It was my third day back in my hometown after years of not living here, and I was stuck indoors, alone, for at least the next eleven days. I had surveyed the space to find four good spots for me to read my book this morning and it was only a quarter to ten. There I was excited to delve into the true story of the 1962 Chinese-Indian internment.

The night before I had found a baby picture of my niece that I had propped up next to our fledgling collection of photos. For this permanently long- distance family, maybe I could use this time to put some photos up on the walls? Make this home even if we are all in and out of here? I lugged a very heavy suitcase filled with my mother’s sarees and hauled it up on to a cupboard. “Are you crazy?” my mother shouted at me over the phone.

Our conversations over two decades had been over the phone. This lockdown was no different. But it took away the choice to fly at short notice to be near each other, to welcome the arrival of this little fellow into our lives.

My mother phoned back to say the building association’s secretary had called to ask her about me. “Had I arrived from the US?” Was I, hmm…infected? One of the residents in the building had enquired about me, she said.  I texted a friend about the incident. She replied: “This is going to be the new normal for the next 18 months at least.”

I went back to worrying about the casuarina scaffolding jutting into my bedroom window, that lone mosquito that kept me up the previous night and that squirrel that was playing daredevil by hanging off the window ledge. I used bubble wrap, a cloth and lots of old DHL tape to keep him out. He eyed me from a branch.

I thought about beginning work on my first story as a freelancer but felt crippled by laziness. In another reality, I would have taken a bus to Stanley Medical Hospital and interviewed the families of all the patients. My skills as a spot reporter were useless at this point. I just sat and stared out the window.

I thought about my daily evening walks at the Jahanpanah Forest in Delhi, the old Bengali Uncle I used to pass, who spoke loudly to compensate for his lack of hearing. I thought about playing badminton with my flatmate, watching the TikTok boys dance hip-hop.

After curfew was declared at 6pm in my state of Tamil Nadu, I collected the garbage and walked downstairs to throw it into the giant bin. One of my neighbours was taking a brisk walk around the building. She saw me, panicked and ran home.

I came back home to the child upstairs running up and down like he did all afternoon. The little feet on the concrete going thud, thud till I shouted vaguely at a spot on the ceiling. “ARGH! Stop it!” I read more about Chinese-Indian lives as I ate the dhal I had cooked.

At 8.10pm, I was panicking, I didn’t have a single vegetable in my refrigerator. The Prime Minister had announced a country-wide lockdown for 21 days. I wore a mask and walked out to the end of the street. I passed by three men who all gave me vacant stares. Everything was dead, quiet, dark. I phoned my cousin and asked him to drop some veggies off for me. I texted friends saying I was struggling a bit, living alone. “I’d be happy to see a tomato right now,” I joked.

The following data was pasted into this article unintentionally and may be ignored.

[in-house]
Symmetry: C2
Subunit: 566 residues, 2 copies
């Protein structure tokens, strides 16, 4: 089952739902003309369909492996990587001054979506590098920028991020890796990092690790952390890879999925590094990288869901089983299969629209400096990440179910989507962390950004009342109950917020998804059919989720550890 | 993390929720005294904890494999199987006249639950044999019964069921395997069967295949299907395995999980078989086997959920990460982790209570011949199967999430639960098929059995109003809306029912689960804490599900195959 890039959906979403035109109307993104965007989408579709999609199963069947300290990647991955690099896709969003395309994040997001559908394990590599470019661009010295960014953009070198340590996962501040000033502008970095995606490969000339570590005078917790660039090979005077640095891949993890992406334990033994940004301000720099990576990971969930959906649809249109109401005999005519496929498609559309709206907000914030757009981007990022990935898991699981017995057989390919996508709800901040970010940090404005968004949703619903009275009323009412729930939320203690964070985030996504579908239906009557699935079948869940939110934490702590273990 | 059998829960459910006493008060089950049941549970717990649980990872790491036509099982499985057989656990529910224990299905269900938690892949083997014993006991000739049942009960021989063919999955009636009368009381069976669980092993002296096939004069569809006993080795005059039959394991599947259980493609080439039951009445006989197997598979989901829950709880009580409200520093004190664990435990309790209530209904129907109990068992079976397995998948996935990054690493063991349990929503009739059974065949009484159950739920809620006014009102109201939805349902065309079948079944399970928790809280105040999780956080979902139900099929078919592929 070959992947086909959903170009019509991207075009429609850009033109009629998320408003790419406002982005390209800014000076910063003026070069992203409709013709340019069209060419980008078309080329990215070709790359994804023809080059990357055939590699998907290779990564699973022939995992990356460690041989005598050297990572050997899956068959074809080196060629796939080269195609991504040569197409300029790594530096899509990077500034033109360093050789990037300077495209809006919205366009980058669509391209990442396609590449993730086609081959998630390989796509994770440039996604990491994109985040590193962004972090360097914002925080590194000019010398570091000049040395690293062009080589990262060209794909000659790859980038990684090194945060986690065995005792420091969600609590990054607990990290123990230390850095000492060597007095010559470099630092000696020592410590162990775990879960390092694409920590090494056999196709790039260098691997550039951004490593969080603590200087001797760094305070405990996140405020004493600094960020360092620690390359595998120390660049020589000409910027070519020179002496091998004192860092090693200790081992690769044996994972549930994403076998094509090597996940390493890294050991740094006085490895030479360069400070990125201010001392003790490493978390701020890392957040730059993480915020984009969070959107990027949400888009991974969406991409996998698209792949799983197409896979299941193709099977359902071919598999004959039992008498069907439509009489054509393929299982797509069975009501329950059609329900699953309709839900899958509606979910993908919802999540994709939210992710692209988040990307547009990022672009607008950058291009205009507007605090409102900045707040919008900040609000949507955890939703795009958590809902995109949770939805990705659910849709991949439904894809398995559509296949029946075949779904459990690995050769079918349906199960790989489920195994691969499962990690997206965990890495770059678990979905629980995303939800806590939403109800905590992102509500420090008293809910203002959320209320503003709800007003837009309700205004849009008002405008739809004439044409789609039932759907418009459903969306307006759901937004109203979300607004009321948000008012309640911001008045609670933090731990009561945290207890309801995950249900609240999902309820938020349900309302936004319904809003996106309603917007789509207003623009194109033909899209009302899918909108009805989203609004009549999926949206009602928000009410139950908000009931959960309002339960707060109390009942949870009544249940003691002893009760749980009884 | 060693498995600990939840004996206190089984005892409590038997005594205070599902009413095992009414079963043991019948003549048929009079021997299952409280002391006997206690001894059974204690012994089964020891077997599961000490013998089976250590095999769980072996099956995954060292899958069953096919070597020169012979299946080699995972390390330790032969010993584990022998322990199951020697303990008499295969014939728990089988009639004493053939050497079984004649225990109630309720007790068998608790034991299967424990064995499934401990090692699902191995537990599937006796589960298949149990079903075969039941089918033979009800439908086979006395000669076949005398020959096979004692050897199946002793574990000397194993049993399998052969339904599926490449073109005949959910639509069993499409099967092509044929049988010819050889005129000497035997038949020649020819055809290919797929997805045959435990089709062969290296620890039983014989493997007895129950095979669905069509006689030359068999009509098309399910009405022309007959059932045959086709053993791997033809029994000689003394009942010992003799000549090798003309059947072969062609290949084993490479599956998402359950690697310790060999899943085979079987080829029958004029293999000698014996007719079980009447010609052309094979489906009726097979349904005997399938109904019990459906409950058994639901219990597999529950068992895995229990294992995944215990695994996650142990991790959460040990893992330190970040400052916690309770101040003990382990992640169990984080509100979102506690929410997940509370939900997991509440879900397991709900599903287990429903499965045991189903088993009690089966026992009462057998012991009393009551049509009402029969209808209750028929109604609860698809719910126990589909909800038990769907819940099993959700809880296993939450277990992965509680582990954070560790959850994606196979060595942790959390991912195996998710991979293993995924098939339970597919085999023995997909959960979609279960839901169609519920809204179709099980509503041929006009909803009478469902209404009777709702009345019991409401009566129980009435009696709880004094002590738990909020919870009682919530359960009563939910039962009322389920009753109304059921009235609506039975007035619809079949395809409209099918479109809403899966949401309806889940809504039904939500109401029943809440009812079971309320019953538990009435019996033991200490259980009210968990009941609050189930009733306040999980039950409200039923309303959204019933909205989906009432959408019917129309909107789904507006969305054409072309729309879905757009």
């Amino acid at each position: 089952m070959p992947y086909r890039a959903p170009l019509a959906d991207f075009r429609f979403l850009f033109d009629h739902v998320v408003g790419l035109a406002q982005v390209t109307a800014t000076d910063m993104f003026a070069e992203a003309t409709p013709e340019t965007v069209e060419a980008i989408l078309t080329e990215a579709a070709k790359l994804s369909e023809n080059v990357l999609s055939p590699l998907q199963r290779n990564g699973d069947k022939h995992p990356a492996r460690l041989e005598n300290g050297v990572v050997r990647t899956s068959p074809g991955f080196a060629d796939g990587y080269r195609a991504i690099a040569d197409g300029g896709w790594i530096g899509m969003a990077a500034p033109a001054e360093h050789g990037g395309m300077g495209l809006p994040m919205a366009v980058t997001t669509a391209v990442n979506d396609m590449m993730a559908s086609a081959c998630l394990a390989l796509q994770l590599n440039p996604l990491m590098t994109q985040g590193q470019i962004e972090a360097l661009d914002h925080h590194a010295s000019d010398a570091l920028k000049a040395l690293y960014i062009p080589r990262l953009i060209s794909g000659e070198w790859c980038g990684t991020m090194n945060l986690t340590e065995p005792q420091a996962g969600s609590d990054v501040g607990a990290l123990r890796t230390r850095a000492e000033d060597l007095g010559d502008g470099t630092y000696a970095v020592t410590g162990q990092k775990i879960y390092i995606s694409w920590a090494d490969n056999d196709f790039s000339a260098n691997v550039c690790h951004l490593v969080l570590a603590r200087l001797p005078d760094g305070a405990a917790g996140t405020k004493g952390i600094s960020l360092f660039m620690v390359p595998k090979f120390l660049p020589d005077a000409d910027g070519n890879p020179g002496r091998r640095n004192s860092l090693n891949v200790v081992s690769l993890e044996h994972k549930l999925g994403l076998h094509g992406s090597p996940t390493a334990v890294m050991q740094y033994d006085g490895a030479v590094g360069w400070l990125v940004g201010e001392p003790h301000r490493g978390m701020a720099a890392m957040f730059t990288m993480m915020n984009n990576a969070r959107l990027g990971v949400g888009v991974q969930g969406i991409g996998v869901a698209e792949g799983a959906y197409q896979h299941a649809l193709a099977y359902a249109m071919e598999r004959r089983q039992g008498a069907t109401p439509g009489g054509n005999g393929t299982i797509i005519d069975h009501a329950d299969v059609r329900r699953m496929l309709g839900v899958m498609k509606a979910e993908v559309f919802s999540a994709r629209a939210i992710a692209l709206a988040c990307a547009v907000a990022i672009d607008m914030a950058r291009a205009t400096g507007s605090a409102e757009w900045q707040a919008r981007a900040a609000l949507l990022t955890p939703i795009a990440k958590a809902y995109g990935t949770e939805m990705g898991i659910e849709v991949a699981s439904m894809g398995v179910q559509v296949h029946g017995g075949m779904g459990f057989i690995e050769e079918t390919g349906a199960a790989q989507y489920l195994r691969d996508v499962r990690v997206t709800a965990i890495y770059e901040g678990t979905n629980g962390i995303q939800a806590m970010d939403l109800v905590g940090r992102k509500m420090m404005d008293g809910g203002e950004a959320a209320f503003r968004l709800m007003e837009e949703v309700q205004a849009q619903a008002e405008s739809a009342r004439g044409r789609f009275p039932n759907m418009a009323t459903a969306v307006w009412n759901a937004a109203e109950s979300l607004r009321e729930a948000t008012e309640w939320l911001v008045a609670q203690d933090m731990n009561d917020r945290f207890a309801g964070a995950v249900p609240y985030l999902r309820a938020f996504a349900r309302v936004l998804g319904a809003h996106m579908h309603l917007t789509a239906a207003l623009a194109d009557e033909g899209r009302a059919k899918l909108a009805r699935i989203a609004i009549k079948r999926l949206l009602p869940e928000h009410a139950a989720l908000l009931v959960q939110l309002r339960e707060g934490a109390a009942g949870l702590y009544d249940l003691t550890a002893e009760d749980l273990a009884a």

Half an hour later, my cousin dropped off a yellow saree cloth bag filled with assorted vegetables at my front door. He rang the bell and stood some steps away wearing his bike helmet. “Take care,” he said in Tamil.

I walked into my kitchen to wash the vegetables thoroughly. Instead I sat on my kitchen floor and bawled my eyes out. I noticed a baby cockroach making its way into a drawer. I got back on to my feet, washed the tomatoes and put them away. I was indeed happy to see a tomato.

24 March, Worcestershire, UK

By Rachel Smyth

I wake up to more than 100 messages on our family WhatsApp group. Today was meant to be the day of my brother’s civil partnership. However, overnight the UK has gone into almost complete lockdown. Marriages and other ceremonies have now been stopped by central government. My brother’s fiancé is from Colombia but studying in the UK. His student visa expires in the summer and they were planning to marry beforehand. They are both disappointed that they can’t marry today and also concerned about future implications.

I scroll through the messages on my phone, trying to catch up on my family’s news. At the same time, I also begin searching for an update in the national news on the wider implications for myself and others. Part of me is hugely relieved that the UK is now finally implementing much firmer measures. Another part of me hopes these measures are not too little, too late.

I start to get myself and my daughter ready for the day. Maintaining a routine is important, but it is difficult to explain to my almost 3 year old why we can’t go to our usual groups or see family members.

“Where are we going today, Mummy?”
“We’re staying at home, bubba. There’s still lots of germs around and we need to keep ourselves and other people safe.”
“Will the germs go away soon?”
“I hope so, sweetheart.”

My husband is working from home and has a day full of phone calls. My daughter and I have hushed conversations as her playroom is next to the dining area, where he has set up his laptop. She is keen to help with his “pootering” (computering) but understandably keeps getting frustrated when she’s told Daddy is too busy to play.

My family sets up a Zoom video call so we can catch up properly and console my brother and his fiancé. We had booked them into a local Airbnb for three nights as a wedding gift, but with the continued uncertainty around travel, they have decided to head back to London today. I have some gifts for my brother so I decide to jump in the car with my daughter and drop them on their doorstep. The roads are reassuringly quiet and it is a welcome break to leave our house.